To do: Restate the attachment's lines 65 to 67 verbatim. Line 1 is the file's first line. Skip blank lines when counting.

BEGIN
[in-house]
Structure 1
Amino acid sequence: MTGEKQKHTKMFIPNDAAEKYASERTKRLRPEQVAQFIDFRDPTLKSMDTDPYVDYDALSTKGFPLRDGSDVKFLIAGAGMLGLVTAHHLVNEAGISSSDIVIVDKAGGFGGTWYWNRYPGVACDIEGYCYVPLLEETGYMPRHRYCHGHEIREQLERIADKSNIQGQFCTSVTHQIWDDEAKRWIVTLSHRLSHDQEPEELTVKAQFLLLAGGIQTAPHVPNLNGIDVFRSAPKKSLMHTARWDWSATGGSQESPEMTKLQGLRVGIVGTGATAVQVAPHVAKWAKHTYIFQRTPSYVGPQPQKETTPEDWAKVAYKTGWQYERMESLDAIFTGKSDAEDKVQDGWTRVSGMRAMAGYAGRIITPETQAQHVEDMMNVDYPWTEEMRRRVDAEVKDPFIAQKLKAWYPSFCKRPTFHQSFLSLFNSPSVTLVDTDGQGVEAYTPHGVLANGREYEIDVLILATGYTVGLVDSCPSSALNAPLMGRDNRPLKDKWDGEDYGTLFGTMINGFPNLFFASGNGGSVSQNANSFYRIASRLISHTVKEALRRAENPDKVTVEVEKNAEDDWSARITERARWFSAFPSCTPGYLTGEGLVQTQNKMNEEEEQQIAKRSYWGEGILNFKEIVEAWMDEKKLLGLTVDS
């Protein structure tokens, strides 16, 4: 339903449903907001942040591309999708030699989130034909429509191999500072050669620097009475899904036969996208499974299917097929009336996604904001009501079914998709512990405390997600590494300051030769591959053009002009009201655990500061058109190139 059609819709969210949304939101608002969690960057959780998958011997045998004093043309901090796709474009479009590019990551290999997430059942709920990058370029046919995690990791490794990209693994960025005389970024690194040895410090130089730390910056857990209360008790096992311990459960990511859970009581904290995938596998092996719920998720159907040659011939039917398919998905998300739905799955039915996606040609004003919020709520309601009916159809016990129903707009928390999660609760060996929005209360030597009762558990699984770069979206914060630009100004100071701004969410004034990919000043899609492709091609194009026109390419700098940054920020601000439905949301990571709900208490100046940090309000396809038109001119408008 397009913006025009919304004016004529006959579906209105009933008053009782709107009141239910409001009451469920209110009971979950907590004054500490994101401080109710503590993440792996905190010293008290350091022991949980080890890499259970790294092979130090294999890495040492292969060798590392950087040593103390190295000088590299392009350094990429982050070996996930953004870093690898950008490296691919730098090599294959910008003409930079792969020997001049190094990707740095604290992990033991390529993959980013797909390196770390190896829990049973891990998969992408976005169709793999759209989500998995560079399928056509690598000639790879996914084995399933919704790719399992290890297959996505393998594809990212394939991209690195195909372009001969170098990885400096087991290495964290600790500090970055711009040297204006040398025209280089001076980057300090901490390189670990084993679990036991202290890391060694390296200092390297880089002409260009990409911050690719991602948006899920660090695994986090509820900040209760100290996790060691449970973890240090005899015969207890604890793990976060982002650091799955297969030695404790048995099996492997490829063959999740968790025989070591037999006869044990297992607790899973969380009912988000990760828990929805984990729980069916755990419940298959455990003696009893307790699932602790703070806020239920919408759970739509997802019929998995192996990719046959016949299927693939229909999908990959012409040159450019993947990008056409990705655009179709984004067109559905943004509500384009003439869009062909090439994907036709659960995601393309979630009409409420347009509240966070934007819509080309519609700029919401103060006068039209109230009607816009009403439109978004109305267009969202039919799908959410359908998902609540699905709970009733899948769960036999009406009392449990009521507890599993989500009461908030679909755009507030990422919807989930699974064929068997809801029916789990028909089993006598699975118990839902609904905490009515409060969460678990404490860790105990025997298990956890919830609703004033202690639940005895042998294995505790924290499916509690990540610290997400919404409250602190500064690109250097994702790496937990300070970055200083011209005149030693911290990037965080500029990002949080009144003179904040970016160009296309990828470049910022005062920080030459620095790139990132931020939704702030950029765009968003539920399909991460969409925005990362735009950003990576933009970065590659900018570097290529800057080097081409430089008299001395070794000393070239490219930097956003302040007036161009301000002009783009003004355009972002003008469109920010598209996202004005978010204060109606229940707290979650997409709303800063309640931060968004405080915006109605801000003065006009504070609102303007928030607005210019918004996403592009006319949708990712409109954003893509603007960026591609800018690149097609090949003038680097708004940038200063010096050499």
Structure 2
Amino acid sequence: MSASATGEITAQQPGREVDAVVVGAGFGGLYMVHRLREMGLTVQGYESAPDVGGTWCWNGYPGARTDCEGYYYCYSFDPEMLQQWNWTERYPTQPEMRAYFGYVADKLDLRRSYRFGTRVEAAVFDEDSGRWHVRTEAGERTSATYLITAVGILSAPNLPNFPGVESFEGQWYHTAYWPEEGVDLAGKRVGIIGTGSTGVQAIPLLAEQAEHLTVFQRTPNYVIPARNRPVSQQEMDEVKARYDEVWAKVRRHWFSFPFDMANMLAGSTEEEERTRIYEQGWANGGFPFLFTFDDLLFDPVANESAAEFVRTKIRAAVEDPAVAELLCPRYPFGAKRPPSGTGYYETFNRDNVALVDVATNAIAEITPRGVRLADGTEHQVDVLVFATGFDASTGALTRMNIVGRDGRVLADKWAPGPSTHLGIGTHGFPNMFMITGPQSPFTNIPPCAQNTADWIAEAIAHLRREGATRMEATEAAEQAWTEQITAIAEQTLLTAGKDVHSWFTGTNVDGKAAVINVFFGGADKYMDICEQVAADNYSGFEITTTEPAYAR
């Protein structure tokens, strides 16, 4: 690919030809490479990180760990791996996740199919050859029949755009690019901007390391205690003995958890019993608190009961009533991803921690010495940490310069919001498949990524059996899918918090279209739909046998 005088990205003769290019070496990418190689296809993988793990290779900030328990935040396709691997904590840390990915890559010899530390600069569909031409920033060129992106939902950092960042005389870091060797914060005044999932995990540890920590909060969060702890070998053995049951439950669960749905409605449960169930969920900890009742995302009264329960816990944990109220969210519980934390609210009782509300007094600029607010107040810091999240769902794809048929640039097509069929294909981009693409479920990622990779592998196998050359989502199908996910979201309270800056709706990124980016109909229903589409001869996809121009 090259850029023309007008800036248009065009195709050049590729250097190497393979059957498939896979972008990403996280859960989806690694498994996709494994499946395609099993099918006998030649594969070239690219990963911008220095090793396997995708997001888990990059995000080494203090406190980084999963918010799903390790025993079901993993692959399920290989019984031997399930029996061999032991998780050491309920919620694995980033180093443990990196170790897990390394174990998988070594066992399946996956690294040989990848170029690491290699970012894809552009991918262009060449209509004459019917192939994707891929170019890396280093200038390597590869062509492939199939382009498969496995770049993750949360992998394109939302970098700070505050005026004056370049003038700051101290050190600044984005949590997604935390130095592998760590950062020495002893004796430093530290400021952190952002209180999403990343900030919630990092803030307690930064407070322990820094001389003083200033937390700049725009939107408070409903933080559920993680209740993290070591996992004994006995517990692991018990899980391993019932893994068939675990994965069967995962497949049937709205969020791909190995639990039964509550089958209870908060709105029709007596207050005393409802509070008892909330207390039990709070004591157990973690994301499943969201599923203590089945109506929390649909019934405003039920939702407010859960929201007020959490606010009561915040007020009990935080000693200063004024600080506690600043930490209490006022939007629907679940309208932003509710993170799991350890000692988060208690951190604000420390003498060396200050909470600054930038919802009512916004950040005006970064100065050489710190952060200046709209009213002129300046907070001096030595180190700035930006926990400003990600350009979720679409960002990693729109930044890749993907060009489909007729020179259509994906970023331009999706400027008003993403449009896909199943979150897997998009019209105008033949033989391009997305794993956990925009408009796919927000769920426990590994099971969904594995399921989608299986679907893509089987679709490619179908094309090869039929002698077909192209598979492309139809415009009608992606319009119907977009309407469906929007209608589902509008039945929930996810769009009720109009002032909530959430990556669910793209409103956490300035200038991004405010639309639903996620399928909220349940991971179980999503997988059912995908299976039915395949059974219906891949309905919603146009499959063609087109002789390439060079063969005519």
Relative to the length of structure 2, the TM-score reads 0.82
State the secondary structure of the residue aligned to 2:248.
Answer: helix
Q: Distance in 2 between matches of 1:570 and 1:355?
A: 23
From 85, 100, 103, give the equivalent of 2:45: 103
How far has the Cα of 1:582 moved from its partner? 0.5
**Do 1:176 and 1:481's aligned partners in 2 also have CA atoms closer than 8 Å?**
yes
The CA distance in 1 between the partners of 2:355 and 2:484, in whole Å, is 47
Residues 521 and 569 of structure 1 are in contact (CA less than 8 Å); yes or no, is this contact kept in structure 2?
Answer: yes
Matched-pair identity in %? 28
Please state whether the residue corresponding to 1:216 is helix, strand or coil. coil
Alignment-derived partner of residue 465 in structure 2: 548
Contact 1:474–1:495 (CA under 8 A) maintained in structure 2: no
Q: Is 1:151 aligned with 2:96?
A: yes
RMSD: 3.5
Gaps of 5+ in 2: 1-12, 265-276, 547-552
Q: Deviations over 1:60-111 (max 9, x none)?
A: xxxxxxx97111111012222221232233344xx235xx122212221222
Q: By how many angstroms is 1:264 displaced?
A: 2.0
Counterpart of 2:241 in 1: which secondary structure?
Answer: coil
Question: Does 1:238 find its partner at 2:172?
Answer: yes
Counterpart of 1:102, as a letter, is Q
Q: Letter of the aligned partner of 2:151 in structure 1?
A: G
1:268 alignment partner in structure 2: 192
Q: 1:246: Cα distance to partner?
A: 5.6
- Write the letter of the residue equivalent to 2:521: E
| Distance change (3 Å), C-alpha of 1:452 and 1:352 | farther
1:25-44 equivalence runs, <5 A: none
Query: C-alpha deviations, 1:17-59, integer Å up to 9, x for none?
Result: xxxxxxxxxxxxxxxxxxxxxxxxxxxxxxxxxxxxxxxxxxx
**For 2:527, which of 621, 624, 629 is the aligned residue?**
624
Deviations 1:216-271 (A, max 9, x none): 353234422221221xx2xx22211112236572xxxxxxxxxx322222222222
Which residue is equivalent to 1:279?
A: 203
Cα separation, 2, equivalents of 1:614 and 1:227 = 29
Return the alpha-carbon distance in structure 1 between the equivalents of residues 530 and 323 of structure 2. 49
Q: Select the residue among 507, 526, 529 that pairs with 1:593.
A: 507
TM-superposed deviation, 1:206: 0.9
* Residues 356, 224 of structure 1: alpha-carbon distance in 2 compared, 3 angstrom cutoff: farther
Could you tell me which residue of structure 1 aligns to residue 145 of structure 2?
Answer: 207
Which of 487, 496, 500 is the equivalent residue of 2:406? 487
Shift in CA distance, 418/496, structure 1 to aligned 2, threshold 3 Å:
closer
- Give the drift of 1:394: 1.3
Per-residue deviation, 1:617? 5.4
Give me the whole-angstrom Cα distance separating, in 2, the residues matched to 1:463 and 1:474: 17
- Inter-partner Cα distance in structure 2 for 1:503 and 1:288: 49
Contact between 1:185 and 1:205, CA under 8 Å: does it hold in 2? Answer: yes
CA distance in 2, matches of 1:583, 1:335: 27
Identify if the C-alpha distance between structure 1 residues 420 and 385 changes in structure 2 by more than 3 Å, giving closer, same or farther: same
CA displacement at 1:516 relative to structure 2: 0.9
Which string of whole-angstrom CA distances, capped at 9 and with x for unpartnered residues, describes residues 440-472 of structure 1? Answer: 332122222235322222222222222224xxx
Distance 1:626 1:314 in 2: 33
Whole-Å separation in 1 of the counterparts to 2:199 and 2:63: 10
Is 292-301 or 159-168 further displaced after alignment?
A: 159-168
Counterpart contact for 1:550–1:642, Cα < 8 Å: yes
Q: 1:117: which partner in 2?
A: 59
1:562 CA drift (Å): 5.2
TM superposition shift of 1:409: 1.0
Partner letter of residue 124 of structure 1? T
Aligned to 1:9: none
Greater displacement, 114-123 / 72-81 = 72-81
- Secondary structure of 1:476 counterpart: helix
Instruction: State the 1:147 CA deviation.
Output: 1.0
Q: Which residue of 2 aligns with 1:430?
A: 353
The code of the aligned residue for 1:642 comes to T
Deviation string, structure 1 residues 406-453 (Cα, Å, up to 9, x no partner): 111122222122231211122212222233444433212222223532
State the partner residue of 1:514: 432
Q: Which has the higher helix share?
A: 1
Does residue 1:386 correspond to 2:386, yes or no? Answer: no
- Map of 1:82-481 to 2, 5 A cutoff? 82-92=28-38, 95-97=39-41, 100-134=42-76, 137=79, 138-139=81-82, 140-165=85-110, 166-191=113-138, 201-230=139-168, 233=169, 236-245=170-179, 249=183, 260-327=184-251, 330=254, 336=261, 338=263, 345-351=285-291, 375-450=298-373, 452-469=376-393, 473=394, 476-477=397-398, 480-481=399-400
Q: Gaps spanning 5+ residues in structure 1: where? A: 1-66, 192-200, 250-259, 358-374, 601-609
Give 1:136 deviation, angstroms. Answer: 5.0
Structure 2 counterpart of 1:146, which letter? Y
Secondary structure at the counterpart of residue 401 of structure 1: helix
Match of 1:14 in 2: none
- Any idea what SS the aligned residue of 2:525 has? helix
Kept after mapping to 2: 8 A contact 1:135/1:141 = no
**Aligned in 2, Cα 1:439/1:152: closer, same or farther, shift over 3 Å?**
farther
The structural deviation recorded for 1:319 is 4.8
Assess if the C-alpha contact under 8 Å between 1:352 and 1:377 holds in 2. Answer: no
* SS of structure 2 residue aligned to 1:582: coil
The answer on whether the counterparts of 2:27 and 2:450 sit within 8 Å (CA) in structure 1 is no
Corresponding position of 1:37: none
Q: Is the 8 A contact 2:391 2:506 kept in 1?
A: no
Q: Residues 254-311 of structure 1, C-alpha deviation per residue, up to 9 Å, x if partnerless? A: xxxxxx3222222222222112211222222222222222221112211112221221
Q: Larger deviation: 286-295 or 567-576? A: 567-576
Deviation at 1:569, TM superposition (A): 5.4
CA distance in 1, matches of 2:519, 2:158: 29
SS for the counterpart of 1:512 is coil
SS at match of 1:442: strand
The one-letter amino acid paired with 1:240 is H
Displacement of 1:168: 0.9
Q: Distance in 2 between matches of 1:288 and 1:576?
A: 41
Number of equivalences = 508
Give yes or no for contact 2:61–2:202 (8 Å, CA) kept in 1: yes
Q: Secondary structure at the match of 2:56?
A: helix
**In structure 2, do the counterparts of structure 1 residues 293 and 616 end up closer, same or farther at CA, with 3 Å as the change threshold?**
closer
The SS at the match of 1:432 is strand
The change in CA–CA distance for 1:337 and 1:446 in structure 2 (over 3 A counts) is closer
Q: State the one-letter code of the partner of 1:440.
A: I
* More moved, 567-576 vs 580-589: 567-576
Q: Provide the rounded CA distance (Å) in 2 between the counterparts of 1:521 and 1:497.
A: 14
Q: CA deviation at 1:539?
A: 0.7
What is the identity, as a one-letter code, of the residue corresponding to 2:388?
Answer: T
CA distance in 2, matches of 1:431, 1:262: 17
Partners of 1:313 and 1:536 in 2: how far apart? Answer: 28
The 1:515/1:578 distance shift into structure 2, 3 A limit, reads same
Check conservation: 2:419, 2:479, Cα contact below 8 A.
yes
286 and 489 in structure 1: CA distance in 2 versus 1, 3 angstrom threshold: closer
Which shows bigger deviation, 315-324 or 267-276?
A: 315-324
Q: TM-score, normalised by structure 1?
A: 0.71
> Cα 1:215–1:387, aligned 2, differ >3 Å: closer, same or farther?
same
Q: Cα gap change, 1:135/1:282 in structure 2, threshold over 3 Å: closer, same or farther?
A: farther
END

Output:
Give me the whole-angstrom Cα distance separating, in 2, the residues matched to 1:463 and 1:474: 17
- Inter-partner Cα distance in structure 2 for 1:503 and 1:288: 49
Contact between 1:185 and 1:205, CA under 8 Å: does it hold in 2? Answer: yes